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Gut 60:695-701 doi:10.1136/gut.2010.216671
  • Hepatology

Nanoliposomal ceramide prevents in vivo growth of hepatocellular carcinoma

  1. Kevin F Staveley-O'Carroll1
  1. 1Department of Surgery, Pennsylvania State University College of Medicine, Hershey, Pennsylvania, USA
  2. 2Department of Pharmacology, Pennsylvania State University College of Medicine, Hershey, Pennsylvania, USA
  3. 3Department of Medicine, Pennsylvania State University College of Medicine, Hershey, Pennsylvania, USA
  4. 4Department of Microbiology and Immunology, Pennsylvania State University College of Medicine, Hershey, Pennsylvania, USA
  1. Correspondence to Mark Kester, Departments of Pharmacology and of Cellular and Molecular Physiology, 500 University Drive, R130, P O Box 850, Hershey, PA 17033-0858, USA; mkester{at}psu.edu
  • Revised 8 October 2010
  • Accepted 8 November 2010
  • Published Online First 30 December 2010

Abstract

Background and objectives Hepatocellular carcinoma (HCC) affects an increasing number of people worldwide. The poor survival rate of patients with HCC is manifested by an aggressive and metastatic phenotype, as well as a poor response to common therapeutic strategies. The purpose of this study was to evaluate the efficacy of nanoliposomal C6-ceramide as an antineoplastic agent in an in vivo model of human HCC.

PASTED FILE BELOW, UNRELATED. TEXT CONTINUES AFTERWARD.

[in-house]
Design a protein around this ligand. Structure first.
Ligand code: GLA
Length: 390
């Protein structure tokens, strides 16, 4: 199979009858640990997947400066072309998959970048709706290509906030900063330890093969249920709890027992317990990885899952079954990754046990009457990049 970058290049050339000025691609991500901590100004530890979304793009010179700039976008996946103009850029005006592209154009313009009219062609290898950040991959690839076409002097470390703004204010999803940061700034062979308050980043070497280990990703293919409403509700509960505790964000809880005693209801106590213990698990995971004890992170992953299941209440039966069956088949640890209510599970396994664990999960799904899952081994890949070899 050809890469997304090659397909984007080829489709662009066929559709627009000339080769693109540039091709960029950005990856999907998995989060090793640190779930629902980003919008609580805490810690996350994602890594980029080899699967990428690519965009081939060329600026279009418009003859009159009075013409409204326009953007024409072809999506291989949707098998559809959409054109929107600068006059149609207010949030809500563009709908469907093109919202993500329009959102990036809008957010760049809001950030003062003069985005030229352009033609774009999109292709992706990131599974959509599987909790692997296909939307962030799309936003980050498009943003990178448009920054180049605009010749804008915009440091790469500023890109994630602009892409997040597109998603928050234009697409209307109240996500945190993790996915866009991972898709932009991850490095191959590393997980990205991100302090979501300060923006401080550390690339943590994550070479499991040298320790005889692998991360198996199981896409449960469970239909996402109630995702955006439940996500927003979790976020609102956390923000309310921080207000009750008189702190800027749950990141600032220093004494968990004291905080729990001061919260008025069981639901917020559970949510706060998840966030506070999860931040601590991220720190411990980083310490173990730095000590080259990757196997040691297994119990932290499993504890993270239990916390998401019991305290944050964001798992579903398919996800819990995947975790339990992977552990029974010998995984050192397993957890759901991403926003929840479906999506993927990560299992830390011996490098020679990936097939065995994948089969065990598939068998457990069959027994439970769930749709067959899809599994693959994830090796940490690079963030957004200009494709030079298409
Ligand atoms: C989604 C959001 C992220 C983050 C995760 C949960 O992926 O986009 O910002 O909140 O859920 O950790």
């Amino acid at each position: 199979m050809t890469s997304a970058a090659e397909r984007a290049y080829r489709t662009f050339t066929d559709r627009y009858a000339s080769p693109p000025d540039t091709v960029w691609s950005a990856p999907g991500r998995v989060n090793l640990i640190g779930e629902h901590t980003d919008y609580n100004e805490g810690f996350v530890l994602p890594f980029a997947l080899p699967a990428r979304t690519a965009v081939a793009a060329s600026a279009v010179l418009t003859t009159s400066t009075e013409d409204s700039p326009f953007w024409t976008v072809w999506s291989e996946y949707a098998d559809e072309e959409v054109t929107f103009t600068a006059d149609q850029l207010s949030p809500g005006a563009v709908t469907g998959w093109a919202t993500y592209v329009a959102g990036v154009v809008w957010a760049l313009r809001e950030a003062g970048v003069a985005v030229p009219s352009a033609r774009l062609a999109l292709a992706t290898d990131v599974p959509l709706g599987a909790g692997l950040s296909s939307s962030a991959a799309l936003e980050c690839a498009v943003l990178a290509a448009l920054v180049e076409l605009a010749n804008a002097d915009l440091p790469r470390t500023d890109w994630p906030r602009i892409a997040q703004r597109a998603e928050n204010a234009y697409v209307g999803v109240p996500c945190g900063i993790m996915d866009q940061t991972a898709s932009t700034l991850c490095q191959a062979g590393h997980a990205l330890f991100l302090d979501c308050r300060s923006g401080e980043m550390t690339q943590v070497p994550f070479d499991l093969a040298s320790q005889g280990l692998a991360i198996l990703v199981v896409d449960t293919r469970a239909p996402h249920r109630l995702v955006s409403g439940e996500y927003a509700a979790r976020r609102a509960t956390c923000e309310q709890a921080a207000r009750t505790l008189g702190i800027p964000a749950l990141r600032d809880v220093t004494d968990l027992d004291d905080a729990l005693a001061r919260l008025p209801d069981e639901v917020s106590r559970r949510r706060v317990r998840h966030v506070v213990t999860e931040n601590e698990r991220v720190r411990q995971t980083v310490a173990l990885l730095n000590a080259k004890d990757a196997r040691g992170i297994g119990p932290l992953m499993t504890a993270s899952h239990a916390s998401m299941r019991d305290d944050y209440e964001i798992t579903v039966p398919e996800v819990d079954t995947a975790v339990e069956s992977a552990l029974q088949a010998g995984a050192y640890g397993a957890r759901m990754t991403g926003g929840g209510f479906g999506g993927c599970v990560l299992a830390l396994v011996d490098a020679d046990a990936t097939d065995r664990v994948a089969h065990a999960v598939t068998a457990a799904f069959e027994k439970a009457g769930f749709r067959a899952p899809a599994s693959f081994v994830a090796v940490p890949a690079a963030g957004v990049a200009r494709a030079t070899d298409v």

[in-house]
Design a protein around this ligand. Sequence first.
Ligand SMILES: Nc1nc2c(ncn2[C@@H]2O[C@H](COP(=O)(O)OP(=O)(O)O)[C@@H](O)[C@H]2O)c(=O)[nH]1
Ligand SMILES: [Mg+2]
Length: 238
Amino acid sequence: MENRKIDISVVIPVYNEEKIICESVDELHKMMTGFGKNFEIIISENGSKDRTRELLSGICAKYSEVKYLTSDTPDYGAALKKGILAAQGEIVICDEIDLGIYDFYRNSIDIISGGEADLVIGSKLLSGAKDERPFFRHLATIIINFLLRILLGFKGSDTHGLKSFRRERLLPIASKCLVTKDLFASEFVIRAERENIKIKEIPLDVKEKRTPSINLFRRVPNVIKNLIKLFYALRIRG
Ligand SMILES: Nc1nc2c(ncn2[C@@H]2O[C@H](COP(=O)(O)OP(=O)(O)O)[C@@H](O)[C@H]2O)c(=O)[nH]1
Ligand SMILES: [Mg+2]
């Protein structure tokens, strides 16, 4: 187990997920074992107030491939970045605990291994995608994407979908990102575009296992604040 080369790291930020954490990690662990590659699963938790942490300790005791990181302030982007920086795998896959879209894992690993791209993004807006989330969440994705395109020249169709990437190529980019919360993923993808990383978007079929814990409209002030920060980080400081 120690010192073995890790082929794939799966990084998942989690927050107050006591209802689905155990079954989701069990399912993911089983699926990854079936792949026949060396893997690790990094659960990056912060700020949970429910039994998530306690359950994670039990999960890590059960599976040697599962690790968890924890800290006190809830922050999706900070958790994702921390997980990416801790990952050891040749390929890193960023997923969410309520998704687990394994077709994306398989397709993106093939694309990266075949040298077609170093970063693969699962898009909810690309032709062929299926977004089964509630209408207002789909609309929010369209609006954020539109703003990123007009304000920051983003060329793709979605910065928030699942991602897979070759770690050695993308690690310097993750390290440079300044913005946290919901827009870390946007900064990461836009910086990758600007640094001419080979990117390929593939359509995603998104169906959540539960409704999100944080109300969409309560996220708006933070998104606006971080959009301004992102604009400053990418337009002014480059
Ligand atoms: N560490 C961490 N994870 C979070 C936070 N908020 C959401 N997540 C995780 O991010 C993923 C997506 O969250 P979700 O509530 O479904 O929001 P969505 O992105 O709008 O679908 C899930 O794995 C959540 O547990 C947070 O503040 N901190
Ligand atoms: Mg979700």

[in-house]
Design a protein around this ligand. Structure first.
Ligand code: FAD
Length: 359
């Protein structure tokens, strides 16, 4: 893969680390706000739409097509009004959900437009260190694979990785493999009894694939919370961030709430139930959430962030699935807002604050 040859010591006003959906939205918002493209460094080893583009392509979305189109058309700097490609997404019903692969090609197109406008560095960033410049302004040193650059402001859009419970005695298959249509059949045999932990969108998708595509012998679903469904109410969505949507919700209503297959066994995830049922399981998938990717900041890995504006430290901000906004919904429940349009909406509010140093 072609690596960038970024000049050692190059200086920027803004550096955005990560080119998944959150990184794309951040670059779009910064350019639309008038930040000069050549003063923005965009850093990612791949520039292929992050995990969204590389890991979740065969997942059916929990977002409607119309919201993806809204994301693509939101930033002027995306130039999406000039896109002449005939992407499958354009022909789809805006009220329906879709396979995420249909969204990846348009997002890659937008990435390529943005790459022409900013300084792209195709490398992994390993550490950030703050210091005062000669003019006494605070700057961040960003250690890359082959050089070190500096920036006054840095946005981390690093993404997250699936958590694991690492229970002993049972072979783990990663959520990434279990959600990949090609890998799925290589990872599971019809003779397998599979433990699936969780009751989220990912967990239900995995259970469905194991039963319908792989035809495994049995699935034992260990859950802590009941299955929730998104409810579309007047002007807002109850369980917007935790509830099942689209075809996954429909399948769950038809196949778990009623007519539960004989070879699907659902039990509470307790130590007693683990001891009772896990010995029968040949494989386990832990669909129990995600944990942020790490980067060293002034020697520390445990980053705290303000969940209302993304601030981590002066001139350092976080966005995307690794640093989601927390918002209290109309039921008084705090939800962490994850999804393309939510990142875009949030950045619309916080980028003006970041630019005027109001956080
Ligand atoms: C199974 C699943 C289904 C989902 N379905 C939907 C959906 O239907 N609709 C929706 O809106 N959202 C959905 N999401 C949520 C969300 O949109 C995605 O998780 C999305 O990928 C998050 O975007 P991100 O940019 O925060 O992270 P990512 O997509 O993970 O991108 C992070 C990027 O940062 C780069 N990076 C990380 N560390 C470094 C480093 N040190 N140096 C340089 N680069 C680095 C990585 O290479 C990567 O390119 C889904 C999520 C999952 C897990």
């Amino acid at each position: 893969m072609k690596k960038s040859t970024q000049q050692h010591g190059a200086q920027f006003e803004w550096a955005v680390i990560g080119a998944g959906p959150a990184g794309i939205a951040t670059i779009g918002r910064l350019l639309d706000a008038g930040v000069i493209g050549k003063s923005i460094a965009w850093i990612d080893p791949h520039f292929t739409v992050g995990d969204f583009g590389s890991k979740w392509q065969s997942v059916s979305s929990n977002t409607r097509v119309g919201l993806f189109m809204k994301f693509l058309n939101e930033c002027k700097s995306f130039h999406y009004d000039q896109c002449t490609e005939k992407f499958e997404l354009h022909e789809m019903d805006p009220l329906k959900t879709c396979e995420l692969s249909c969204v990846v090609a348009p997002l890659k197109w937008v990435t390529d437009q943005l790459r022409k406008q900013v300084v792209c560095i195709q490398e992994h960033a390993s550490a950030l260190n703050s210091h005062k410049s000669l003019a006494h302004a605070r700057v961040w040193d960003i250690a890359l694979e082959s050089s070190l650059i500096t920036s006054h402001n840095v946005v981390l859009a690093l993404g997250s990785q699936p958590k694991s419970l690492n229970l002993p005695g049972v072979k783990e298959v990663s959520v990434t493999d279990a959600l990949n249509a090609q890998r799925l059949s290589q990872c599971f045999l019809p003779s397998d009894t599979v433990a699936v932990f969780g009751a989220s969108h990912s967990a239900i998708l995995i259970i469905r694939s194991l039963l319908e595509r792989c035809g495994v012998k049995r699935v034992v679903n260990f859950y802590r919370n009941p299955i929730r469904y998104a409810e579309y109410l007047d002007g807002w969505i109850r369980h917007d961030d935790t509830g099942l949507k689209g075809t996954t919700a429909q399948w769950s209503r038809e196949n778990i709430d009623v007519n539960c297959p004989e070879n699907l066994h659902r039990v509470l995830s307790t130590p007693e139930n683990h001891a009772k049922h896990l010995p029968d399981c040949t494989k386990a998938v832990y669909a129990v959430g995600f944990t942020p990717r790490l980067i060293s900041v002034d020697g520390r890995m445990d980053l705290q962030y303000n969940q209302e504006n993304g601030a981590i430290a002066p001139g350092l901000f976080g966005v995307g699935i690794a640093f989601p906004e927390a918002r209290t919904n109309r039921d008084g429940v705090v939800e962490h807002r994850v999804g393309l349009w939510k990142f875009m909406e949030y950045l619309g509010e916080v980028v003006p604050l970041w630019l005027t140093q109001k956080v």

Methods The growth-arresting and pro-apoptotic properties of nanoliposomal C6-ceramide were first evaluated in vitro in human SK-HEP-1 cells by assessing cellular viability, caspase 3/7 activity, annexin-V expression, DNA fragmentation, cell cycle distribution and AKT phosphorylation. SK-HEP-1 cells were then engrafted subcutaneously into athymic nude mice and nanoliposomal C6-ceramide was administered by tail vein injection. Tumour size was monitored over time, followed by excision of tumours to evaluate tumour vascularisation, proliferation, apoptosis and cellular signalling.

Results Nanoliposomal C6-ceramide, but not ghost (no ceramide) nanoliposomes, induced apoptotic cell death of SK-HEP-1 cells in vitro, concomitant with an accumulation of cells in the G2 phase of the cell cycle and decreased phosphorylation of AKT. Systemic administration of nanoliposomal C6-ceramide to mice engrafted with SK-HEP-1 tumours reduced tumour vascularisation and proliferation, induced tumour cell apoptosis, decreased phosphorylation of AKT and ultimately blocked tumour growth.

Conclusions These studies show that nanoliposomal ceramide is an efficacious antineoplastic agent for the treatment of in vitro and in vivo models of human HCC.

Footnotes

  • Funding This work was funded in part by a Penn State Deans Feasibility Grant to HRT, by State of Pennsylvania non-formulary Tobacco Funds to MK, NIH R01 HL076789 to MK and K08 417-67HY to KFS.

  • Competing interests The Penn State Research Foundation has licensed ceramide nanoliposomes and other nonliposomal nanotechnology to Keystone Nano Inc (State College, PA). MK is the Chief Medical Officer of Keystone Nano Inc.

  • Provenance and peer review Not commissioned; externally peer reviewed.